As I wrote this it occurred to me that there were a lot more traits I could forgive than there were traits that I could not live without, and I think that’s healthy. I have always preferred whole-dog judging to fault judging. Any damn fool can see how a dog carries his tail, but it takes skill to understand the difference between carriage and proper tail set. Sometimes carriage is a trained behavior designed to mask a fault, and sometimes it’s an emotional response not a physical imperfection.
Judges always make mental trade-offs as we look at the dogs in front of us. We prefer finding the dogs approaching perfection, but sometimes our entry provides us only the option to find the fewest traits to forgive.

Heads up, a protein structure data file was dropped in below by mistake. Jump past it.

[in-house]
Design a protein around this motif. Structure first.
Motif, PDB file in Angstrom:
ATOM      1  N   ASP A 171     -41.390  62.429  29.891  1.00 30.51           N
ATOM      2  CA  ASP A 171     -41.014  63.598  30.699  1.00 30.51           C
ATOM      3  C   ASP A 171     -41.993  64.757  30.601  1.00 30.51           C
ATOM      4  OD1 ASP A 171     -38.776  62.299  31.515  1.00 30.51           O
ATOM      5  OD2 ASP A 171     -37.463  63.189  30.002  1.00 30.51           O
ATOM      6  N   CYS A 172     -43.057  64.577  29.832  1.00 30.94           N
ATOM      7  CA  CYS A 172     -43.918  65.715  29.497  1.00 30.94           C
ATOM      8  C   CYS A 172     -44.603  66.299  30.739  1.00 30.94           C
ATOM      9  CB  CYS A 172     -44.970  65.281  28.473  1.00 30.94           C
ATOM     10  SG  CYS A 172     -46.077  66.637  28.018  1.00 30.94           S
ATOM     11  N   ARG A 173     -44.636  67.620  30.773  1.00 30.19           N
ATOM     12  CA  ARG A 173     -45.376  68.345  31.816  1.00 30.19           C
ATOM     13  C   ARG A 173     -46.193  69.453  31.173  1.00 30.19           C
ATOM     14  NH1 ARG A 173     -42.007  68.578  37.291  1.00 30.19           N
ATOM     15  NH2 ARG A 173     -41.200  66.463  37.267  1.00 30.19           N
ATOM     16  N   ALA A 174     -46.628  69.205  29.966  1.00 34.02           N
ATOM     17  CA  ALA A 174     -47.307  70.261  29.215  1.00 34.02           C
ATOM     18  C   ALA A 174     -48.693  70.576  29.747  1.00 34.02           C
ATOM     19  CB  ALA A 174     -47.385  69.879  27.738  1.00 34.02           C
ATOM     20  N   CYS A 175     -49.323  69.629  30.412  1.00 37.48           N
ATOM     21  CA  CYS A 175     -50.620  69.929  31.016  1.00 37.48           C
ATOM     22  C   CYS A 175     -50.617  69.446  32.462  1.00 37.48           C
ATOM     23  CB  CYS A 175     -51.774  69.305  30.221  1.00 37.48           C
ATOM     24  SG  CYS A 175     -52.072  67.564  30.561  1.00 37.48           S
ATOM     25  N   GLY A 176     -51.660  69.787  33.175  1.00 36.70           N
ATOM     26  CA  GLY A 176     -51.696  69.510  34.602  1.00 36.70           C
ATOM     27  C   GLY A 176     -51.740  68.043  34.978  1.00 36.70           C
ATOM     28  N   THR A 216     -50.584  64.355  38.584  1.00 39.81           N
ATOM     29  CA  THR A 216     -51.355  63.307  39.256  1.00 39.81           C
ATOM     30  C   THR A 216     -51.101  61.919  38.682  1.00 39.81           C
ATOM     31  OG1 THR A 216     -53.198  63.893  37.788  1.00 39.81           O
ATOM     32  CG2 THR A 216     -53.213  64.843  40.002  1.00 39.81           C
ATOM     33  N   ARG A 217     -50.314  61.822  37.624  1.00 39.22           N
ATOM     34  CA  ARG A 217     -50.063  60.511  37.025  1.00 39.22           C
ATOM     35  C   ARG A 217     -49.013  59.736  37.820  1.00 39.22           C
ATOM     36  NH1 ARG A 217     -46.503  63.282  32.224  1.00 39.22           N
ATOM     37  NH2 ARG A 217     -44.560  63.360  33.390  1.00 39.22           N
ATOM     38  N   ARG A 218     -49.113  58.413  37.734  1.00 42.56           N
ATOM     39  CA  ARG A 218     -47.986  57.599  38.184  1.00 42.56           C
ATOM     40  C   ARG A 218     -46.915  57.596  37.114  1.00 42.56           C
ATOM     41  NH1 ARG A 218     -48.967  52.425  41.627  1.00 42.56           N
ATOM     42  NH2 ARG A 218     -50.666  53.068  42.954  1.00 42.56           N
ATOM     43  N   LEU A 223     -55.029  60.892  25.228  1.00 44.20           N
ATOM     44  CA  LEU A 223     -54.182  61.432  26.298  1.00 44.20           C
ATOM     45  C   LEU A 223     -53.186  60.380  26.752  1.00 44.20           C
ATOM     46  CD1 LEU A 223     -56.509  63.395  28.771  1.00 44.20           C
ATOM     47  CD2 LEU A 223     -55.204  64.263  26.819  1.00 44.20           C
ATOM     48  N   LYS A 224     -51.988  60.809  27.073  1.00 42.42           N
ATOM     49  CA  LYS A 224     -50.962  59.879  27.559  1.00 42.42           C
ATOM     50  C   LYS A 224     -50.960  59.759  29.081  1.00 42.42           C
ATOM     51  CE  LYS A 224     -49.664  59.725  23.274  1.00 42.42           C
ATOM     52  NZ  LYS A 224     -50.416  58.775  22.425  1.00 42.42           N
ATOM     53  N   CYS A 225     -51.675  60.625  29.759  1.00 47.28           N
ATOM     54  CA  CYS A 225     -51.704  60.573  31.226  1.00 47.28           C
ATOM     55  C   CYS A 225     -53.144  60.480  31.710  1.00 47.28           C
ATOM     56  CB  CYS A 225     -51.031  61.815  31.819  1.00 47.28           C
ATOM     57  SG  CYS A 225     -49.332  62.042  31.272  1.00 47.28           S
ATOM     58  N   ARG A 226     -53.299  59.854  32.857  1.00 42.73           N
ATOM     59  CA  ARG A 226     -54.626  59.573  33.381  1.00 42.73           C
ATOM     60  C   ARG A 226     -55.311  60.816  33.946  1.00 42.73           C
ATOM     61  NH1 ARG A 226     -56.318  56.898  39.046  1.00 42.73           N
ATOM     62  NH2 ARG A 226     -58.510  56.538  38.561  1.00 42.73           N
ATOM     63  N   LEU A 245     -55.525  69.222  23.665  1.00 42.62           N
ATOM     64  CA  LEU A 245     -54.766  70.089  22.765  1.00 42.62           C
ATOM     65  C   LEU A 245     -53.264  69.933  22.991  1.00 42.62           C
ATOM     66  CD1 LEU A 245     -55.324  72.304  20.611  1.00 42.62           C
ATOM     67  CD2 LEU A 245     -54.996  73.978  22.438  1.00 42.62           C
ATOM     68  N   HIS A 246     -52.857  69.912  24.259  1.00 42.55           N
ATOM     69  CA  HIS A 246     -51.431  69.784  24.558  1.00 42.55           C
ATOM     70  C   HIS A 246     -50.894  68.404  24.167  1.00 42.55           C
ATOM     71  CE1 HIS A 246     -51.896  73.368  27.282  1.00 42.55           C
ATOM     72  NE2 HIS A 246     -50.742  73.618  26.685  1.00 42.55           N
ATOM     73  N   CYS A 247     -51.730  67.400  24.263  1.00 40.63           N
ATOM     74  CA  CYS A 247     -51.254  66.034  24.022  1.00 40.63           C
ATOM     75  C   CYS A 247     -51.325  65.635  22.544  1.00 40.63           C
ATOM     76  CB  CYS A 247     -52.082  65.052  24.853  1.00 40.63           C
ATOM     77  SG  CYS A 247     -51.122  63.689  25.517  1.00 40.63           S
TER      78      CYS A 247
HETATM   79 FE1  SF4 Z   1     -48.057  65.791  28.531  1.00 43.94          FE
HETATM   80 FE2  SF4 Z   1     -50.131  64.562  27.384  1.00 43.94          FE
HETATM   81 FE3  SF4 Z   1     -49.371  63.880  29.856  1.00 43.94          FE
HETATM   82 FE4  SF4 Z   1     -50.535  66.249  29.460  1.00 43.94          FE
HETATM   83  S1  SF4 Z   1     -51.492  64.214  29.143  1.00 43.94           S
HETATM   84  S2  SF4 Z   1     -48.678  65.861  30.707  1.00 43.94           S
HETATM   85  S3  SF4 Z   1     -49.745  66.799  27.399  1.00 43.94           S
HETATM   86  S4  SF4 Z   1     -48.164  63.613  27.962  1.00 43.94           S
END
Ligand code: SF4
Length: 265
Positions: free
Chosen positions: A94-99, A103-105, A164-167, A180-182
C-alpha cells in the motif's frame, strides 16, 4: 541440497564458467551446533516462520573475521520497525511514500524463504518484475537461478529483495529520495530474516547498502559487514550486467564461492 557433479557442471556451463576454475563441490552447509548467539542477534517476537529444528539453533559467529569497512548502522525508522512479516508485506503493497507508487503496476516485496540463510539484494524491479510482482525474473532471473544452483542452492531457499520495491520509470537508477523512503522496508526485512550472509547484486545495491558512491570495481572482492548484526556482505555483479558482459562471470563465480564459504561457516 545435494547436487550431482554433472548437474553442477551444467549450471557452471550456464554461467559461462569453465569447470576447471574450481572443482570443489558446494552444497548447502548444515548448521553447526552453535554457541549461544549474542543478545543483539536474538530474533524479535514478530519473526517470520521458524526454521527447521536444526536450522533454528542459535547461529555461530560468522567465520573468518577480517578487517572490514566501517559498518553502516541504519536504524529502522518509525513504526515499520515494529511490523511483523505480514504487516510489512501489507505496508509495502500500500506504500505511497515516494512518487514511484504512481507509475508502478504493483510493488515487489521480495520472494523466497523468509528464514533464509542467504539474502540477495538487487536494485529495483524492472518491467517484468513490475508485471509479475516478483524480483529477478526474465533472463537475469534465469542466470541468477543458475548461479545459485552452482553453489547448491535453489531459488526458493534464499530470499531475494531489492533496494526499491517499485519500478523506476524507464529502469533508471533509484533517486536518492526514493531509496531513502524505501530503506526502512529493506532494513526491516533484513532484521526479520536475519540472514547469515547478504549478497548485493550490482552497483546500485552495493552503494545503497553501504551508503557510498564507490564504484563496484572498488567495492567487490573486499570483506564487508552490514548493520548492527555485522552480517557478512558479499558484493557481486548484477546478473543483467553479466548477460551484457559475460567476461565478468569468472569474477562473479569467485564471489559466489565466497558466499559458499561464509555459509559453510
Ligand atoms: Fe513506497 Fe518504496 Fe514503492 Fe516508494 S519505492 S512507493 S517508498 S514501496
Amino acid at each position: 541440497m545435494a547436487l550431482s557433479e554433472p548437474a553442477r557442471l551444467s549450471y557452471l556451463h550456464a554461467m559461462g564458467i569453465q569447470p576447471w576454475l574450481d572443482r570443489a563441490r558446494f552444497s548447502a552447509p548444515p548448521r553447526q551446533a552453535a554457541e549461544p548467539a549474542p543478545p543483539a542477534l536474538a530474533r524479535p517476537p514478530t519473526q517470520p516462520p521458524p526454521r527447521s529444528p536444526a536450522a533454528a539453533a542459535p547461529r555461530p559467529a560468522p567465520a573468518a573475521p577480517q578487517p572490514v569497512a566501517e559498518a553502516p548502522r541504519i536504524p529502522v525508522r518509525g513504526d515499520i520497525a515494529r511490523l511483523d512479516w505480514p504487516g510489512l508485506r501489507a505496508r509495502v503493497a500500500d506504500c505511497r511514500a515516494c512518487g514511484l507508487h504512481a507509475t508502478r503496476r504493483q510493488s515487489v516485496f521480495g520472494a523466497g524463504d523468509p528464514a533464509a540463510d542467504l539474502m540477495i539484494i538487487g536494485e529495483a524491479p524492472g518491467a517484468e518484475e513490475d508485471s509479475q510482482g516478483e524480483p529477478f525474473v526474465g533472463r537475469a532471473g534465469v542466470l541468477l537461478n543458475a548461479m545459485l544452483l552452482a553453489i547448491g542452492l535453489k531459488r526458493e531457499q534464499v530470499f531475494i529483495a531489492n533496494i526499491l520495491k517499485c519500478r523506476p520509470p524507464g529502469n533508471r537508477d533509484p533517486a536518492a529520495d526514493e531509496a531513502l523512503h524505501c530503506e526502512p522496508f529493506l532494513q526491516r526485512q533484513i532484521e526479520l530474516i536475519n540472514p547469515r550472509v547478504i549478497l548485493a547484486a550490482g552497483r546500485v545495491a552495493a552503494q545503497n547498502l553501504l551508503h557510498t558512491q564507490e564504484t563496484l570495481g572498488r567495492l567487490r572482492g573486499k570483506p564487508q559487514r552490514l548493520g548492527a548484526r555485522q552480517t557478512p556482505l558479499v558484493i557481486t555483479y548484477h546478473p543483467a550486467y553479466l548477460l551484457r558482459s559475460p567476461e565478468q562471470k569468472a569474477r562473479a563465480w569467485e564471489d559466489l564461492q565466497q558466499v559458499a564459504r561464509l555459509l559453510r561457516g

I am so grateful that my thoughtful friend shared her conversations with me. I love the concept of forgiveness because it allows one to be free of defensiveness and entrenchment. Judges don’t have to defend themselves, they have to forgive imperfections in a world where perfection does not exist. I remember once trying to defend to an AKC Rep why I put up a Whippet that was seriously lacking underjaw. My defense was lame and sounded whiney. How much better it would have been to say I forgave the dog’s underjaw, because I loved her free and easy movement. Amazing what a big difference a small shift in attitude can make.
Forgiveness— a wonderful idea.